Shenzhen-based Yingzhong Technologies released China’s first x86 computers with a homegrown central processing unit (CPU) on Saturday. But the CPU technology by fabless Zhaoxin Semiconductors is at least three years behind other players’.

Why it matters: The PCs announced are the first to integrate Zhaoxin’s x86 CPUs, which in turn are China’s first homegrown microprocessors based on the x86 architecture.

  • Market on a plate: Beijing wants to replace all foreign-made hardware with domestic alternatives in government agencies.
  • No gaming: The CPUs’ performance is far behind Intel and AMD models in terms of speed and graphics processing. Zhaoxin is unlikely to compete with them in the gaming and high-performance computing markets.
  • Official use only: Zhaoxin’s processors are better suited for government work pertaining to document processing and presentations, an industry insider said.

Details: In their first common product launch, the two companies released more than 50 new products, from desktops to notebooks.

  • The computers run on Zhaoxin’s series of 16nanometer KX-6000 processors, their response to Intel’s x86 line, which dominates the market.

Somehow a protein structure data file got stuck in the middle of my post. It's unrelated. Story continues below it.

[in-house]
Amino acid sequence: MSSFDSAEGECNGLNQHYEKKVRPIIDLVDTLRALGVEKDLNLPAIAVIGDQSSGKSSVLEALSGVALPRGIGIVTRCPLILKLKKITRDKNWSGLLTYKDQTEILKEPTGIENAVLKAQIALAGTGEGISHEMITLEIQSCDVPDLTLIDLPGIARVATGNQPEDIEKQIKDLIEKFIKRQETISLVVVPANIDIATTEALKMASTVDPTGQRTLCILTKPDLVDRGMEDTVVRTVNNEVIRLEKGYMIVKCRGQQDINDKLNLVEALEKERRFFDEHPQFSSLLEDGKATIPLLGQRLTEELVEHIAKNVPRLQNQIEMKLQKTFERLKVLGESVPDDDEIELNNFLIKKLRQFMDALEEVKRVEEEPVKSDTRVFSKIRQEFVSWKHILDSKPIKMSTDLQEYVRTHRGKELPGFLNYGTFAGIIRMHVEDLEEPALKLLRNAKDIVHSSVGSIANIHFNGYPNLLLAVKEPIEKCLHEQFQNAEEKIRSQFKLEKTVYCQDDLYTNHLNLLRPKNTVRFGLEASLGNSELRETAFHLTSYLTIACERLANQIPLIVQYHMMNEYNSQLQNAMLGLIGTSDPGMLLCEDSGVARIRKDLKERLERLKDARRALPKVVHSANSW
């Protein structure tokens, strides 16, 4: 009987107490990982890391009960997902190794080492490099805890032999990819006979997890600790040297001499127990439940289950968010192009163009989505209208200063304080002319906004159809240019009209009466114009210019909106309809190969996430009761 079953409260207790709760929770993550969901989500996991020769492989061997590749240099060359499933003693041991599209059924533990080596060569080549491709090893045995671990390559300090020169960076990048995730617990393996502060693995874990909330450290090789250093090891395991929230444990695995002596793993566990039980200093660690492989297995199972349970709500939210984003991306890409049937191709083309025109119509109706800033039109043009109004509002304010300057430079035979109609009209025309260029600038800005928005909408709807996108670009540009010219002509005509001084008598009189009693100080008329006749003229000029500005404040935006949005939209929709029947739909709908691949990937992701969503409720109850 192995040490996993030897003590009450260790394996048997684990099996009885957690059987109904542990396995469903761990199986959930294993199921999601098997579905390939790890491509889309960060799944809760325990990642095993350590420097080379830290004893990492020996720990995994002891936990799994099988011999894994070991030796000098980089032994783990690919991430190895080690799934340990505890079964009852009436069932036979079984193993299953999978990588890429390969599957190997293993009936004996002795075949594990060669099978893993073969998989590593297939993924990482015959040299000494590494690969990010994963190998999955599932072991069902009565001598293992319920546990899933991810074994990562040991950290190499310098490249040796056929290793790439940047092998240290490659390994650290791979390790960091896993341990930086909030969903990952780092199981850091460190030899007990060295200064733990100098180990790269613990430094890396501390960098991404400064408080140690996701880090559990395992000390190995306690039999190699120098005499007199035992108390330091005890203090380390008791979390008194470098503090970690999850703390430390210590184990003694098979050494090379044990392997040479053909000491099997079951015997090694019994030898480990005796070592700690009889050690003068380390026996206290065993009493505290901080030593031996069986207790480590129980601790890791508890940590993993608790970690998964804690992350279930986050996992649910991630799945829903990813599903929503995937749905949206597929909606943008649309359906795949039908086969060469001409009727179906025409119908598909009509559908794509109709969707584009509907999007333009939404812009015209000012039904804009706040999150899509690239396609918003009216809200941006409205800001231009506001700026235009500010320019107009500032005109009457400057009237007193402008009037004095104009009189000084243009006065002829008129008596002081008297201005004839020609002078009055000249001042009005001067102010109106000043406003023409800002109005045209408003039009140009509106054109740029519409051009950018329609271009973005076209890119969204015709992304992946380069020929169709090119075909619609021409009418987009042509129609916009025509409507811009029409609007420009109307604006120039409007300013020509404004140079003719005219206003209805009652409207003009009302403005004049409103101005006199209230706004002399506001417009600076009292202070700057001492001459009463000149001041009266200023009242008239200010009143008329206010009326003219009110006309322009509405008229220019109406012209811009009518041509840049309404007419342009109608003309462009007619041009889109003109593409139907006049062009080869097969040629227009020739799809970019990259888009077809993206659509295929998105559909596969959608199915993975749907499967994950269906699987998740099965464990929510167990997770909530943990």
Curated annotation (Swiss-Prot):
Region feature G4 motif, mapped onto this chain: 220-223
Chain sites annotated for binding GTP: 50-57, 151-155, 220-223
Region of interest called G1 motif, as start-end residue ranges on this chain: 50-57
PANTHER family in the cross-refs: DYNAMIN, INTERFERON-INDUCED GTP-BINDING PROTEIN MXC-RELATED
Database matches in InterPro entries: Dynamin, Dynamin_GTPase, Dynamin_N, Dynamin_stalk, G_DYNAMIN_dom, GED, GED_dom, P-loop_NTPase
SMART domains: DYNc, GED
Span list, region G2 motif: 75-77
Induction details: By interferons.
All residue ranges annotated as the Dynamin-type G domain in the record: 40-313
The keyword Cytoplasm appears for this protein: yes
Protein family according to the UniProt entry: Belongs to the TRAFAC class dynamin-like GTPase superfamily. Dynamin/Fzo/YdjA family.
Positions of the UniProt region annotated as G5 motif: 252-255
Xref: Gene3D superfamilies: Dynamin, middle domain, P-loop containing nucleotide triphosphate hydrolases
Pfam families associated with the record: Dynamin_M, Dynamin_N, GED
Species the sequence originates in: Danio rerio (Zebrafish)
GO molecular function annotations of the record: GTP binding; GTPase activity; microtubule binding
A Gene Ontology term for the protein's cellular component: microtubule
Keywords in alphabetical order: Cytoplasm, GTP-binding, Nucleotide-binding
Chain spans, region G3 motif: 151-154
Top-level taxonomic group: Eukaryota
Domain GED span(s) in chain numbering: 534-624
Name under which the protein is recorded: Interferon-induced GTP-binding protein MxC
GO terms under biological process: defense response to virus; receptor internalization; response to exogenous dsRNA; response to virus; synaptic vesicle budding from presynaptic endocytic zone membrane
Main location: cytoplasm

• The KX-6000 series includes quad-core and 8-core microprocessors that promise processing speed ranging from 2.6GHz to 3GHz. Released in February 2020, KX-6000 chips include an integrated graphics processing unit (GPU) that supports 4K video decoding.
  • Hardware rating site Geekbench gave the KX-6000 a score of 363 for the single core iteration and 2091 for the multi-core. Intel’s 2017 i5-7400 3.5GHz model rakes in 884 and 2793 respectively in the same categories.
  • Project 2021: Zhaoxin aims to be on par with industry leaders by 2021, when it reportedly will release a 7nm CPU.

Read more: SILICON | China’s progress on homegrown CPUs

Context: Founded in 2013, Zhaoxin is a joint venture between Taiwanese VIA Technologies and the Shanghai government. VIA Technologies is one of three companies around the world with a license to produce x86 processors, along with US-based AMD and Intel.

  • VIA’s involvement in the JV allows Zhaoxin to pump out x86 CPUs without violating licensing agreements.
  • AMD has a JV with two Chinese companies, meant to design x86 for the Chinese market.
  • Zhaoxin works with Taiwan Semiconductor manufacturing Corporation’s fabs to manufacture the chips, unlike Intel which runs its own production.
  • Playing catchup: CPUs are some of the most complicated chips to manufacture—and where China is significantly behind its global competition.
  • Huawei’s HiSilicon has had better luck with the Kunpeng 920. Released in January 2019, the 7nm CPU is based off licensed ARM architecture and integrates 64 cores with a maximum speed of 2.6GHz. The microprocessor is intended for big data and cloud applications.

Eliza Gkritsi

Eliza is TechNode's blockchain and fintech reporter. When she isn't obsessing over the rise of distributed ledger technology in China, she helps with editing.